Mentees may come with their own set of expectations. For example, they may expect a number of meetings, wish to cover certain topics or get specific skills guidance. Providing an informative orientation can align expectations with achievable reality, ensuring a smoother mentoring journey.

It is also useful to use the orientation to equip mentees with tools to communicate their expectations, desires, and concerns more effectively with their mentors.

Handy Hint: Formalise the expectation-setting phase by writing it down for both parties to view. An ‘expectations agreement’ signed by both parties can assist to establish commitment, clarity and provide a guide to refer back to when things are less clear.


4. Setting the Scene with a Boundary Management Plan

Each mentoring relationship is unique, and so are the boundaries within them. It’s vital that each relationship establishes between themselves what’s acceptable and what’s not. You may however like to set some guidelines about a preferred communication channel, frequency of meetings, time or location of meetups, and mentor/mentee responsibilities. Such program driven guidelines act as a sort of template to instigate clear boundary setting conversations.

Additionally, ensure that both parties know the steps to take if a boundary is unintentionally crossed.

Handy Hint: Encourage the mentor and mentee to address boundary issues amongst themselves before escalating. For example, what to do if a meeting is cancelled or postponed or how to move past different views. Offer a structured conversation framework to aid them in addressing and resolving any breaches.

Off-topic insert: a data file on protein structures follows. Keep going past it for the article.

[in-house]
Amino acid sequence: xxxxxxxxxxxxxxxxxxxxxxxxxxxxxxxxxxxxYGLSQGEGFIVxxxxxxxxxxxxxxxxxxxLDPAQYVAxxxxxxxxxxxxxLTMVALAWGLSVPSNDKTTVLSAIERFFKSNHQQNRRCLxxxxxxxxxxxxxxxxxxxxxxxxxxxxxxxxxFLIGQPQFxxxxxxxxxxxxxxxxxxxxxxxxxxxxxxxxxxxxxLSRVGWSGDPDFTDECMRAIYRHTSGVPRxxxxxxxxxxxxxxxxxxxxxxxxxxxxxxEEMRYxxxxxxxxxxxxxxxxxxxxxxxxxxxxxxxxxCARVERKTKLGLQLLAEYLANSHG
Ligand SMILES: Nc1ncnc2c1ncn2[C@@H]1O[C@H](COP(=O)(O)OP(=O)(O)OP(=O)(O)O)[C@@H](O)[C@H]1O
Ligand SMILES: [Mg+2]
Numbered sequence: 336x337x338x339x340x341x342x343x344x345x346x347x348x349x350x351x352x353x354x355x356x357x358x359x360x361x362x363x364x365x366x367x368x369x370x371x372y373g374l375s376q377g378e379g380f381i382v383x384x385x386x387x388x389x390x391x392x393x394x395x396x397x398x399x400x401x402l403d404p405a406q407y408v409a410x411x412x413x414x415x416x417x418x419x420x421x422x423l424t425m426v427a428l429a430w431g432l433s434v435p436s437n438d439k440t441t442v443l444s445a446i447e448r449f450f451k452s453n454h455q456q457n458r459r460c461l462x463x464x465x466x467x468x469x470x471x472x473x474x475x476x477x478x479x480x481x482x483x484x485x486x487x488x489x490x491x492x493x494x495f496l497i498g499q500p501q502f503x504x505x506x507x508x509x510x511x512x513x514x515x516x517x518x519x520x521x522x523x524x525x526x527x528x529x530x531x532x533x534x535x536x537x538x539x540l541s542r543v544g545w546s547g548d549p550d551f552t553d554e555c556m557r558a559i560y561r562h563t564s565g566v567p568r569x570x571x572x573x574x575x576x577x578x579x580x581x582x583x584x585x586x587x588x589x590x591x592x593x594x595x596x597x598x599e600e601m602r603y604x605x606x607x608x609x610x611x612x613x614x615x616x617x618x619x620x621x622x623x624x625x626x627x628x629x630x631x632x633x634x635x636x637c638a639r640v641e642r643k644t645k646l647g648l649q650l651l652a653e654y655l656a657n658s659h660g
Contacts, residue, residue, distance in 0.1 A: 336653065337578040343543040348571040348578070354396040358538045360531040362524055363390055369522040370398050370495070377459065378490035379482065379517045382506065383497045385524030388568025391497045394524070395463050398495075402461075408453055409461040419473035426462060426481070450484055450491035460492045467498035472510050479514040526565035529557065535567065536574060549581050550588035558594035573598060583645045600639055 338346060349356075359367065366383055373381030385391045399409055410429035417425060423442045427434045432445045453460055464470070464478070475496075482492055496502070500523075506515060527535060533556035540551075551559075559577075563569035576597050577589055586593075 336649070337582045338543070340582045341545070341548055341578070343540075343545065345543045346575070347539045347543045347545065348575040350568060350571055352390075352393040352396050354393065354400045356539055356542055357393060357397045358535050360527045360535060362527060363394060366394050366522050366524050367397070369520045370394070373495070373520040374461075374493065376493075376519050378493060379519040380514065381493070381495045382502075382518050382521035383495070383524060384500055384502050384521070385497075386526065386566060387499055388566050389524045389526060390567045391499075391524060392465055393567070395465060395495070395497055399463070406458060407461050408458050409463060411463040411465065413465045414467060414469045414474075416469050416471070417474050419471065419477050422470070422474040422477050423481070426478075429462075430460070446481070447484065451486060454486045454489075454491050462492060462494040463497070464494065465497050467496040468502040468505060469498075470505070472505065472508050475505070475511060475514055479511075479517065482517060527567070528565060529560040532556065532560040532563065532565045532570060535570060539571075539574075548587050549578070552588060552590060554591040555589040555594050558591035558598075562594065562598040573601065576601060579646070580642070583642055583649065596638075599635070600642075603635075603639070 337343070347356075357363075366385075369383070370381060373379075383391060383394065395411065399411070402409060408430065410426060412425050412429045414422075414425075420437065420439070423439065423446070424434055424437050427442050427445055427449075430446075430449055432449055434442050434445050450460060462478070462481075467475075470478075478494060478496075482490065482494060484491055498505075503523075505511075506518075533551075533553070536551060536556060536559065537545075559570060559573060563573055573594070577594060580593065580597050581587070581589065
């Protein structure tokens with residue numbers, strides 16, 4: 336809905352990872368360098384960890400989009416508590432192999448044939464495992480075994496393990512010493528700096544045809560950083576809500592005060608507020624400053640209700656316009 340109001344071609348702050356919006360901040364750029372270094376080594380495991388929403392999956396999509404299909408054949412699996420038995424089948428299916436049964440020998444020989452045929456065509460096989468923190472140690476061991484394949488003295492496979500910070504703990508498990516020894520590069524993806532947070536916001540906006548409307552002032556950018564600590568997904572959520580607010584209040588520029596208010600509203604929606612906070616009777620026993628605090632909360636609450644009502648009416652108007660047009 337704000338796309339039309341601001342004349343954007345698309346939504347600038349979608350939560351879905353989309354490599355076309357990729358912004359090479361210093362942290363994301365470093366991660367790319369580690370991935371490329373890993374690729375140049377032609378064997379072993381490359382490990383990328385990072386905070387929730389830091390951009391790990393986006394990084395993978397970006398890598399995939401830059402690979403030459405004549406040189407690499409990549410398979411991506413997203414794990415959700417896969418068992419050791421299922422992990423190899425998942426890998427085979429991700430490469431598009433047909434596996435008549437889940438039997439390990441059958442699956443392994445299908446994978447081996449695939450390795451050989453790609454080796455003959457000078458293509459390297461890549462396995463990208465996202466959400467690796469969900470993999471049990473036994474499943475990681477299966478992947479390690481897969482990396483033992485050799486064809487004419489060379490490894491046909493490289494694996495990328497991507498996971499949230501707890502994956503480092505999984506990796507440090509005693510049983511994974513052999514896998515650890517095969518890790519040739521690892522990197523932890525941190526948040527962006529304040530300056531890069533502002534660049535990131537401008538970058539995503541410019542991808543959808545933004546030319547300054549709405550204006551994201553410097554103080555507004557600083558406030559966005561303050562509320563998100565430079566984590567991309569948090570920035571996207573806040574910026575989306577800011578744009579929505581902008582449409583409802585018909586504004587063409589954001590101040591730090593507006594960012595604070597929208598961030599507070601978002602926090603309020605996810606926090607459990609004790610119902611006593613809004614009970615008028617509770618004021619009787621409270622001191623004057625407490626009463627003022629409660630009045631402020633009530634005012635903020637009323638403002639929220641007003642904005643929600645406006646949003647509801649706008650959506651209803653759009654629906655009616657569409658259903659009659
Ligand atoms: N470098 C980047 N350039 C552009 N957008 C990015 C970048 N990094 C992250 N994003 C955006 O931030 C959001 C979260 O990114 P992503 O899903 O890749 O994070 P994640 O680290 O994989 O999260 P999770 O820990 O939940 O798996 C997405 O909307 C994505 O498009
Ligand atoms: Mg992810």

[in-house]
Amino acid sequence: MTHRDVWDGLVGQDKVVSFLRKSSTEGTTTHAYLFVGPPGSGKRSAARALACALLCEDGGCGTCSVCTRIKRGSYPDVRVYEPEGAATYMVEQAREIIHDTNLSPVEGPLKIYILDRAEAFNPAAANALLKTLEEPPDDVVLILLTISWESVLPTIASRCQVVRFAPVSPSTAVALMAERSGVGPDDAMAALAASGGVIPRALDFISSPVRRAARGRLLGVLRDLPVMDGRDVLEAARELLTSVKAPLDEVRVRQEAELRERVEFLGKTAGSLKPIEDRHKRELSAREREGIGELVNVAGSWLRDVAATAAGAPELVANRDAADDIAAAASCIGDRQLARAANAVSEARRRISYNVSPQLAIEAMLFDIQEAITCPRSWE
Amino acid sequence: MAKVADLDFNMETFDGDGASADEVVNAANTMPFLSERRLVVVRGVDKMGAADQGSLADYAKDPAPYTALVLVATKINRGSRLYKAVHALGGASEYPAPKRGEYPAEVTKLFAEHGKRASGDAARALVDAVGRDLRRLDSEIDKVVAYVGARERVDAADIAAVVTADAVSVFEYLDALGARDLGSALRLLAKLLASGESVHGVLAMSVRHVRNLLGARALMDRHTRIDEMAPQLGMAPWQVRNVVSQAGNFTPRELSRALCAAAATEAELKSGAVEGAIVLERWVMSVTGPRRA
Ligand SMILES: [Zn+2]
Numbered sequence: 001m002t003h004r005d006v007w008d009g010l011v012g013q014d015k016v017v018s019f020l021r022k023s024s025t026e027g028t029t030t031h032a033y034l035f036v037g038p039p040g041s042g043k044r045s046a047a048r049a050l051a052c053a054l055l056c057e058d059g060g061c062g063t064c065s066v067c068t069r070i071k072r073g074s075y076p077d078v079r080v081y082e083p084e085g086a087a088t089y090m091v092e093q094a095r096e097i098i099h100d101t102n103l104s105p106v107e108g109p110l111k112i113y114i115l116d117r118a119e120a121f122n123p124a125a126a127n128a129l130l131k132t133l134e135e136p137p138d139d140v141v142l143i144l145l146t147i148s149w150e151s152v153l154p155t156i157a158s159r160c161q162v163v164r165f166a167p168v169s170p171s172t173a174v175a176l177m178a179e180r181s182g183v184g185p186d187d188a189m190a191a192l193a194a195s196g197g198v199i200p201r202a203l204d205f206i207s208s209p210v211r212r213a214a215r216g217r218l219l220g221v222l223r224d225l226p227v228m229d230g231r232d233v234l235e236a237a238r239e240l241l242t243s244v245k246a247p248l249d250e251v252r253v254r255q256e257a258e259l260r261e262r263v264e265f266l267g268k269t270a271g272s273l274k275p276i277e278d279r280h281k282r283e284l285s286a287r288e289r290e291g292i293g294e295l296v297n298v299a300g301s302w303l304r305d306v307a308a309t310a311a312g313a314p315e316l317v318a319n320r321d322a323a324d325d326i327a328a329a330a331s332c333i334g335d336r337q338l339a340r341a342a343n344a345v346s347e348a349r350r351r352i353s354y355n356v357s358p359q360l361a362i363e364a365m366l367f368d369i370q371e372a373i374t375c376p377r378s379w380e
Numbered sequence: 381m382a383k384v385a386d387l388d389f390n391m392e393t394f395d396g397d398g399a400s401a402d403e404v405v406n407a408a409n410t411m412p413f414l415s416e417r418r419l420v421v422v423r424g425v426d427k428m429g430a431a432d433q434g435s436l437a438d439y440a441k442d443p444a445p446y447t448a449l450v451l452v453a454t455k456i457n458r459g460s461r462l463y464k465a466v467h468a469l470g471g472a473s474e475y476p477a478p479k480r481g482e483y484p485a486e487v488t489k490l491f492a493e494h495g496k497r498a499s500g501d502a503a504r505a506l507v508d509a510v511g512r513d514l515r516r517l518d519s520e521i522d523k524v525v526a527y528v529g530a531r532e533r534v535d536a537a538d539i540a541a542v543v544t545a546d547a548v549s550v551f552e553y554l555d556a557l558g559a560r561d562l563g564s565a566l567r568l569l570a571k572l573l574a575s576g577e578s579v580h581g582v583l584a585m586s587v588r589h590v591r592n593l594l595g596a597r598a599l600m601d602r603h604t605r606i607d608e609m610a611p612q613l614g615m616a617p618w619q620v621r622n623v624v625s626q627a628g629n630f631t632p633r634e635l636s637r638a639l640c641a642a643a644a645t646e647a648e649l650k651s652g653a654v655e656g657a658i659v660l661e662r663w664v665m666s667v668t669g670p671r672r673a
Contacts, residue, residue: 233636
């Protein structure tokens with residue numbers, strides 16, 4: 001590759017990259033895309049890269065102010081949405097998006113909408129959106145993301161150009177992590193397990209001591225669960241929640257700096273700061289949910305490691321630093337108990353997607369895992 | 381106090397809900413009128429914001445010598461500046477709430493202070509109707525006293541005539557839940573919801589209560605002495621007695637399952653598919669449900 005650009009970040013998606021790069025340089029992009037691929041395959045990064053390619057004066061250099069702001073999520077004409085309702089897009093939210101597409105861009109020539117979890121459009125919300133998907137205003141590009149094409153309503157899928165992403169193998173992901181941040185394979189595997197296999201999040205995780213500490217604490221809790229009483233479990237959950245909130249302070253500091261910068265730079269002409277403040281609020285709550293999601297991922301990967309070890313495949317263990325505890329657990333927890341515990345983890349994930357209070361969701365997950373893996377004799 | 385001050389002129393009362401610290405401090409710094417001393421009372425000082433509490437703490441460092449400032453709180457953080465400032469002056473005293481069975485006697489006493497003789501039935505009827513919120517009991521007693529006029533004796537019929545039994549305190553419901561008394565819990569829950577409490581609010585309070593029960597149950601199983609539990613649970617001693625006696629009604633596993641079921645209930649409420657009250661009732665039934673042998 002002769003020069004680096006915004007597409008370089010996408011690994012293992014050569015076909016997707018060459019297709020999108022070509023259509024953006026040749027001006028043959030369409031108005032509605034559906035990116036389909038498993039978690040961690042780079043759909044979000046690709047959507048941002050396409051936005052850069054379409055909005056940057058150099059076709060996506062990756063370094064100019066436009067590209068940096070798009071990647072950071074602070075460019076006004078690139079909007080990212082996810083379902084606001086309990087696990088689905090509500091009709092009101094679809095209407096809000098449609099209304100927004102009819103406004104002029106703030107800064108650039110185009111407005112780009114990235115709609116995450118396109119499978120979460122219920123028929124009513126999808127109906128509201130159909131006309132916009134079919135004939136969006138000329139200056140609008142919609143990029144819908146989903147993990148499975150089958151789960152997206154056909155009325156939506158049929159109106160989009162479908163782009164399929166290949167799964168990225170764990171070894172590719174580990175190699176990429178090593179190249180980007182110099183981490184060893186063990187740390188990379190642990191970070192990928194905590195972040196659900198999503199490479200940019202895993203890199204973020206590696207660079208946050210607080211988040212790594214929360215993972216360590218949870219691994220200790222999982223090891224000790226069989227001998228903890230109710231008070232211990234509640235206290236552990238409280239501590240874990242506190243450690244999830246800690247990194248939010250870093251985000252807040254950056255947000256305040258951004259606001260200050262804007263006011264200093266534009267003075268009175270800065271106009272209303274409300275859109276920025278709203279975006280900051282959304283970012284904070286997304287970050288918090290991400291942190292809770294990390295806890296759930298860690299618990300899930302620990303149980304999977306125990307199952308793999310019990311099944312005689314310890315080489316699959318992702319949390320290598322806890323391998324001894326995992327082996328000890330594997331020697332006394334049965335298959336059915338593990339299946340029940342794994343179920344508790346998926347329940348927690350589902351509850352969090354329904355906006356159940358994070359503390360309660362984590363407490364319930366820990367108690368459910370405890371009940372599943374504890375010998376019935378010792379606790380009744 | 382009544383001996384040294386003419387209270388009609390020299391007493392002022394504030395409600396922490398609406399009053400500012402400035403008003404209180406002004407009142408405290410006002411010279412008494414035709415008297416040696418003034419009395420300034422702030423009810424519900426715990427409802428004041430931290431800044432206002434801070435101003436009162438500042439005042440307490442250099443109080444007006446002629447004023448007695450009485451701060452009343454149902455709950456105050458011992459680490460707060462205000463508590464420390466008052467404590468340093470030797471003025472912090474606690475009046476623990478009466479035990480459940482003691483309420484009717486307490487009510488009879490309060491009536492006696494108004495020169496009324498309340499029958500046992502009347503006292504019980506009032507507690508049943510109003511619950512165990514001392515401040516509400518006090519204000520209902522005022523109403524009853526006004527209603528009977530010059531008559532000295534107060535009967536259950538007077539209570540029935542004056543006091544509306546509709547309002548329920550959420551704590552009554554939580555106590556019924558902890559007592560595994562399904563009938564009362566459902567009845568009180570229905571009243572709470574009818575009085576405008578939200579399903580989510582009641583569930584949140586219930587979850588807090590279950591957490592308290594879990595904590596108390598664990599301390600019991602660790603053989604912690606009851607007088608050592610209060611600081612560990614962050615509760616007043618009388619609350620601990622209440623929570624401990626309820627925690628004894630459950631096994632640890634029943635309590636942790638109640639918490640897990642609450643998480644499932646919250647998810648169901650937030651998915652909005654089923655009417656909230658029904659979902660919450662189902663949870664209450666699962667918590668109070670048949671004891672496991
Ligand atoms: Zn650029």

5. Break the Ice by Scheduling the First Check-in

Surprisingly missed connections is due to confusion in communication. The initial phase is critical. A missed or delayed first meeting can set a precedent for the rest of the relationship.

Actively facilitate the first interaction to ensure it occurs seamlessly. Perhaps the mentoring organiser may want to setup the meeting for the mentor and mentee so it’s in their calendar to avoid confusion and request they discuss and book in the next session at the end. This launch sets the tone for future interactions and collaboration.

Handy Hint: Prioritise action and a more personal first interaction, be it a face-to-face meeting, a video call, or even a phone conversation. Avoid impersonal mediums like emails or texts and take a personalised approach to make a good first impression.

The Key to a Successful Mentoring Program

The effectiveness of a mentoring program hinges on its well-designed structure and the proactive steps taken to overcome potential challenges. When these strategies are skilfully executed, they can significantly elevate the experience for all participants, fostering growth, professional development, and a culture of mutual respect.

You can read more about how mentoring can significantly elevate your career and organisational culture, in our first mentoring blog:  Unleashing Potential: The Transformative Power of Mentoring in the Workplace

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Written by:
Jaki Gee Kee
Passionate about people and behaviour, Jaki draws on her organisational consulting experience to drive continuous improvement in onboarding, employee development, and workplace culture.